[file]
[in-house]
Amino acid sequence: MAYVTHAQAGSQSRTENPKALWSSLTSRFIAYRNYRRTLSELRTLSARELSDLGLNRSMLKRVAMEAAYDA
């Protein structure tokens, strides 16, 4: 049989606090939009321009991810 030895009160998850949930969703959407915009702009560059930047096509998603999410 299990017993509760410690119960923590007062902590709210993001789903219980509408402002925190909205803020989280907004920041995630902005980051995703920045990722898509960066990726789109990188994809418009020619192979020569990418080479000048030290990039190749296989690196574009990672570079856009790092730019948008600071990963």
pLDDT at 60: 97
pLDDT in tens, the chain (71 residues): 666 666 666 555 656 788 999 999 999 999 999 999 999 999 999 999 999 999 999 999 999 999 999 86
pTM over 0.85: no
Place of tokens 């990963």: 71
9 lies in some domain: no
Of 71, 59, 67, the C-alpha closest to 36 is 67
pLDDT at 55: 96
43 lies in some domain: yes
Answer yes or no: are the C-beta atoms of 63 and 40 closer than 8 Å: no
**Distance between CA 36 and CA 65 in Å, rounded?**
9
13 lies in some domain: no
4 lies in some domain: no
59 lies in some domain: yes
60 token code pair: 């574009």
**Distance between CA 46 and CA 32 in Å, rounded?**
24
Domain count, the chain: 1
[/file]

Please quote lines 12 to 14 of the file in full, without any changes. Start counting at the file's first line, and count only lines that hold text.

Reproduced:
Answer yes or no: are the C-beta atoms of 63 and 40 closer than 8 Å: no
**Distance between CA 36 and CA 65 in Å, rounded?**
9